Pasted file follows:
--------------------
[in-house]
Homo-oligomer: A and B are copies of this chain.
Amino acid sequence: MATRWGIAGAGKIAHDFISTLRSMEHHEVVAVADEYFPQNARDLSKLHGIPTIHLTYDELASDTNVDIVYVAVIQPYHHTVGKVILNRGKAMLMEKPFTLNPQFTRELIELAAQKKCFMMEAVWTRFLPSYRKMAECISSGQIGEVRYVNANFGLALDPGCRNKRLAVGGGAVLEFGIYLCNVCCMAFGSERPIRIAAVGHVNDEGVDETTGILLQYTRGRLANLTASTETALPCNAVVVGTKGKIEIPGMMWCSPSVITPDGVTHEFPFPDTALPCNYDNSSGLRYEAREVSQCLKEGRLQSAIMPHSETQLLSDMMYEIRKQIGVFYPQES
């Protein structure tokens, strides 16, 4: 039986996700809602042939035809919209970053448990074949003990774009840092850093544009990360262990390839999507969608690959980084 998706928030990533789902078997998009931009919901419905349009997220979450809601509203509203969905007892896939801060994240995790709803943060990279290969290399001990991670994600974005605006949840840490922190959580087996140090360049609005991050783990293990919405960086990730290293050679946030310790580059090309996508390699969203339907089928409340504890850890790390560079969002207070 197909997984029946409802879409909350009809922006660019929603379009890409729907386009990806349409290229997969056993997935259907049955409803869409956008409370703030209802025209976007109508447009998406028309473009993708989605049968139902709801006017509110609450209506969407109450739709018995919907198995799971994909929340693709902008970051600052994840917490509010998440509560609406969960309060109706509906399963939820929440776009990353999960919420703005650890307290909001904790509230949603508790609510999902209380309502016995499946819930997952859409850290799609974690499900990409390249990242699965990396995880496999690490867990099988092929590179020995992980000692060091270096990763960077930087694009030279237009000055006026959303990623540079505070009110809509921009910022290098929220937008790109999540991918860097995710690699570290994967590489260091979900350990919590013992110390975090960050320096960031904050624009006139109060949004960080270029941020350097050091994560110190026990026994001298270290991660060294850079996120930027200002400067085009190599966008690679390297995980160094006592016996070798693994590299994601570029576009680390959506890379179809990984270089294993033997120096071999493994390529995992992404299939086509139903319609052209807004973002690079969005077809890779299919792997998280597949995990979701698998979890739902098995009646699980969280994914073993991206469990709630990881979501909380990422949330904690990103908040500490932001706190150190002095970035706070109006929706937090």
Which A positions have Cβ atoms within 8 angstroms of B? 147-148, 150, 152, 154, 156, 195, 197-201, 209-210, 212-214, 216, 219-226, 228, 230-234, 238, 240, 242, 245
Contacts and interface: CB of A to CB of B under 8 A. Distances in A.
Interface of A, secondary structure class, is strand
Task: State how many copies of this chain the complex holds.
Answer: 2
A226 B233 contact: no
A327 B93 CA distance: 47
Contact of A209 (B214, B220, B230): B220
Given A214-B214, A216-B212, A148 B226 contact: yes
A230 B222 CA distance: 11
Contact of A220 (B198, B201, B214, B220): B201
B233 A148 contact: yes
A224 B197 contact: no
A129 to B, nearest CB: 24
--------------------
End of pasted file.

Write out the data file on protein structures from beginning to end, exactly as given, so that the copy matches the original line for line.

[in-house]
Homo-oligomer: A and B are copies of this chain.
Amino acid sequence: MATRWGIAGAGKIAHDFISTLRSMEHHEVVAVADEYFPQNARDLSKLHGIPTIHLTYDELASDTNVDIVYVAVIQPYHHTVGKVILNRGKAMLMEKPFTLNPQFTRELIELAAQKKCFMMEAVWTRFLPSYRKMAECISSGQIGEVRYVNANFGLALDPGCRNKRLAVGGGAVLEFGIYLCNVCCMAFGSERPIRIAAVGHVNDEGVDETTGILLQYTRGRLANLTASTETALPCNAVVVGTKGKIEIPGMMWCSPSVITPDGVTHEFPFPDTALPCNYDNSSGLRYEAREVSQCLKEGRLQSAIMPHSETQLLSDMMYEIRKQIGVFYPQES
């Protein structure tokens, strides 16, 4: 039986996700809602042939035809919209970053448990074949003990774009840092850093544009990360262990390839999507969608690959980084 998706928030990533789902078997998009931009919901419905349009997220979450809601509203509203969905007892896939801060994240995790709803943060990279290969290399001990991670994600974005605006949840840490922190959580087996140090360049609005991050783990293990919405960086990730290293050679946030310790580059090309996508390699969203339907089928409340504890850890790390560079969002207070 197909997984029946409802879409909350009809922006660019929603379009890409729907386009990806349409290229997969056993997935259907049955409803869409956008409370703030209802025209976007109508447009998406028309473009993708989605049968139902709801006017509110609450209506969407109450739709018995919907198995799971994909929340693709902008970051600052994840917490509010998440509560609406969960309060109706509906399963939820929440776009990353999960919420703005650890307290909001904790509230949603508790609510999902209380309502016995499946819930997952859409850290799609974690499900990409390249990242699965990396995880496999690490867990099988092929590179020995992980000692060091270096990763960077930087694009030279237009000055006026959303990623540079505070009110809509921009910022290098929220937008790109999540991918860097995710690699570290994967590489260091979900350990919590013992110390975090960050320096960031904050624009006139109060949004960080270029941020350097050091994560110190026990026994001298270290991660060294850079996120930027200002400067085009190599966008690679390297995980160094006592016996070798693994590299994601570029576009680390959506890379179809990984270089294993033997120096071999493994390529995992992404299939086509139903319609052209807004973002690079969005077809890779299919792997998280597949995990979701698998979890739902098995009646699980969280994914073993991206469990709630990881979501909380990422949330904690990103908040500490932001706190150190002095970035706070109006929706937090």
Which A positions have Cβ atoms within 8 angstroms of B? 147-148, 150, 152, 154, 156, 195, 197-201, 209-210, 212-214, 216, 219-226, 228, 230-234, 238, 240, 242, 245
Contacts and interface: CB of A to CB of B under 8 A. Distances in A.
Interface of A, secondary structure class, is strand
Task: State how many copies of this chain the complex holds.
Answer: 2
A226 B233 contact: no
A327 B93 CA distance: 47
Contact of A209 (B214, B220, B230): B220
Given A214-B214, A216-B212, A148 B226 contact: yes
A230 B222 CA distance: 11
Contact of A220 (B198, B201, B214, B220): B201
B233 A148 contact: yes
A224 B197 contact: no
A129 to B, nearest CB: 24